By Colleen Flaherty
Sunday, January 2, 2011
Women's eNews announces today the 21 Leaders for the 21st Century 2011, a remarkable array of talent and determination that renews our optimism about what will be accomplished this year and for years to come.
(WOMENSENEWS)-- Women's eNews 21 Leaders for the 21st Century 2011 are outstanding examples of the creativity, dedication and innovation of the leadership working to improve women's lives.
The Women's eNews board and staff thank you, our readers, for bringing to our attention 200 nominees, all of whom should indeed be honored. It was an enormously difficult task to winnow the list to the 20 women and one man who are exemplars of the creativity, dedication, resourcefulness and commitment that it takes to improve the lives of women and girls.
Join us in congratulating those who have made 2011 a better year for all of us.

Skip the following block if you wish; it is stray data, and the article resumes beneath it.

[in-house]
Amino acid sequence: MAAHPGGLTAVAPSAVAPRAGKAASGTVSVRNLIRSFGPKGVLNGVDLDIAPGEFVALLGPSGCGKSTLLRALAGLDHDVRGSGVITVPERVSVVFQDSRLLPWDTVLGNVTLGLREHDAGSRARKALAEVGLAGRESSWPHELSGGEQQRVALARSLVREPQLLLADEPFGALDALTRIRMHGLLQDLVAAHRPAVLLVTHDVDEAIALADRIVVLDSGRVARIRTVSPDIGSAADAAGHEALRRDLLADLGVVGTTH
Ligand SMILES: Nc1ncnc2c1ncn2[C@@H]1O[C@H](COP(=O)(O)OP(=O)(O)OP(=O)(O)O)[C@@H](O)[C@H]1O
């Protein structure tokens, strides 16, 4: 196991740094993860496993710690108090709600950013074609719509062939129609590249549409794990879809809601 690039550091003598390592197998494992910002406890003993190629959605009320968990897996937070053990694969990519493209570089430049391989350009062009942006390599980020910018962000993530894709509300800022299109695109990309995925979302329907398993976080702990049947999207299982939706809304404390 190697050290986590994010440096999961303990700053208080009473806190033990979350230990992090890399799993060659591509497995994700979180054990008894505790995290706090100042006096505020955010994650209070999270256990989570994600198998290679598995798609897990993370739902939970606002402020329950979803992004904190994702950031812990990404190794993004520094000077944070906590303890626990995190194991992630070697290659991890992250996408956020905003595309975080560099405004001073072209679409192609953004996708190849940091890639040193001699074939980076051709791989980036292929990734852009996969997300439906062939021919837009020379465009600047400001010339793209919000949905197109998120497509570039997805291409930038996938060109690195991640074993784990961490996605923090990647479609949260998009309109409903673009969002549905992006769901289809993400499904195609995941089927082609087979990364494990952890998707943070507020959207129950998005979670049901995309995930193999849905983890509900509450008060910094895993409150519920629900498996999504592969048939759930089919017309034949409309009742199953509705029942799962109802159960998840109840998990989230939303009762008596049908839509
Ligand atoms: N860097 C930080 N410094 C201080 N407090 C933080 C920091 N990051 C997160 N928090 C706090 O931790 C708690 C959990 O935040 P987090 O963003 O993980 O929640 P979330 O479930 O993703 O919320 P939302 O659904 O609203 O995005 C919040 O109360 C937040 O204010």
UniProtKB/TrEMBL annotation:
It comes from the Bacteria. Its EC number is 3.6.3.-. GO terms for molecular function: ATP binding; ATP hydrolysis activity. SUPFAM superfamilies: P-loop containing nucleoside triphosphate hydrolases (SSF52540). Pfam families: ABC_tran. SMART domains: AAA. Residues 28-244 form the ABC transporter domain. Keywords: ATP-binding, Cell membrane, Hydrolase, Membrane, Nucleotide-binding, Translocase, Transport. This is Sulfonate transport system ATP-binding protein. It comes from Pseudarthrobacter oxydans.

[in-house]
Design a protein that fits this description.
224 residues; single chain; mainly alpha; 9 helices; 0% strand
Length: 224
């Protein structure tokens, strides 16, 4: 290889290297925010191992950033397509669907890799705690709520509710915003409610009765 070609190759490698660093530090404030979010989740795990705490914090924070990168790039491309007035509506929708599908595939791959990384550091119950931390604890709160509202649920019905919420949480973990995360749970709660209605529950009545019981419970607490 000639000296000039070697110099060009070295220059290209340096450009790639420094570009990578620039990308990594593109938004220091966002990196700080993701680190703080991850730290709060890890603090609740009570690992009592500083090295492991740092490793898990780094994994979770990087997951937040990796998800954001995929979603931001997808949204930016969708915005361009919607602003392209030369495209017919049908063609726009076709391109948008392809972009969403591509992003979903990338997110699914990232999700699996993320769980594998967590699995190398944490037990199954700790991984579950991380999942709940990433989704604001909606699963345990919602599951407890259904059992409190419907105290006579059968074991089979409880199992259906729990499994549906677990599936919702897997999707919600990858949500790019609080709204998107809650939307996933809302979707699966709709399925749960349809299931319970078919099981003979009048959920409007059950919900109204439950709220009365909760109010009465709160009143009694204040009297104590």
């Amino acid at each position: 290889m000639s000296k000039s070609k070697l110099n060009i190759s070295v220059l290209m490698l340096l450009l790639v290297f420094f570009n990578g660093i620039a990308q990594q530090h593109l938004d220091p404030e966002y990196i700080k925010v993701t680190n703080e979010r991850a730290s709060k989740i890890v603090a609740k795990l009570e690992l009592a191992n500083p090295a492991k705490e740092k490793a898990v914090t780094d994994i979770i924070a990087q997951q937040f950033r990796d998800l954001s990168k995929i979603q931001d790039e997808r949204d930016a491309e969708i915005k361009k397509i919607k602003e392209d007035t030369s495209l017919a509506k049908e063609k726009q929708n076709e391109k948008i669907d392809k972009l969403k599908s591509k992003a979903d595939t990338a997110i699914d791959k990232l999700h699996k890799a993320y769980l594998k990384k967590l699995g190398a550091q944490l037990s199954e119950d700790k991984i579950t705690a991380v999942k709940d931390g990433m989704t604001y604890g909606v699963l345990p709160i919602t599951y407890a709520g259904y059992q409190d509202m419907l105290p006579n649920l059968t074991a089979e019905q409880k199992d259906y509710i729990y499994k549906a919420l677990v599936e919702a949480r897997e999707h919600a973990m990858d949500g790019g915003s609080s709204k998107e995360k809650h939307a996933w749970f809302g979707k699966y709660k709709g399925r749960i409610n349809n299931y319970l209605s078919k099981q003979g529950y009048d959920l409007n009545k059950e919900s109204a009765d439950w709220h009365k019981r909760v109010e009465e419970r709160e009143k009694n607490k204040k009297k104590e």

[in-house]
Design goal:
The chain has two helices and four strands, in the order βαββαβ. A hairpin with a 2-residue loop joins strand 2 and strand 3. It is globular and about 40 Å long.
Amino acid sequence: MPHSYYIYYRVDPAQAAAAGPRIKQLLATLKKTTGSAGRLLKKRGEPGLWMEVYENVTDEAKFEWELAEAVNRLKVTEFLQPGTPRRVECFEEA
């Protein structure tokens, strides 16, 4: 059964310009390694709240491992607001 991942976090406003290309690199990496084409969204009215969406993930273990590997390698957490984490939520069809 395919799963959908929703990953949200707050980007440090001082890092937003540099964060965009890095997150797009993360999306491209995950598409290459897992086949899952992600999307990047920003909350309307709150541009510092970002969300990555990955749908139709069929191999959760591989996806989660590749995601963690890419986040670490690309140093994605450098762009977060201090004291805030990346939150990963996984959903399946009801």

The rights of lesbians, immigrants, women of color and the disabled tend to get the least attention, even as they often make do with fewer resources and rights that others routinely enjoy. These extraordinary leaders spend each day to right this wrong.
Katherine Acey was the first full-time employee 35 years ago of Astraea Lesbian Foundation for Justice. She built the organization into a powerhouse that provides financial support to lesbian-led, transgender and progressive groups. Under her leadership, the group has provided grants to secure human rights at home and abroad.
Michelle Brané advocates for immigration issues that affect undocumented women and children. As director of the detention and asylum program at the Women's Refugee Commission, she fights for health care, parental rights, sexual assault prevention and safe housing.
Alexine Clement Jackson made her career as a volunteer. Her activism has spread over several decades and numerous organizations. As chair of the board of the Susan G. Komen for the Cure, she advocates for gender and racial equity, currently spreading the message of early detection and mammography to African American women, who have a lower incidence of breast cancer yet higher mortality rate. She also has encouraged more research into triple-negative breast cancer, a form of the disease that strikes younger African American women and does not respond to most existing treatments.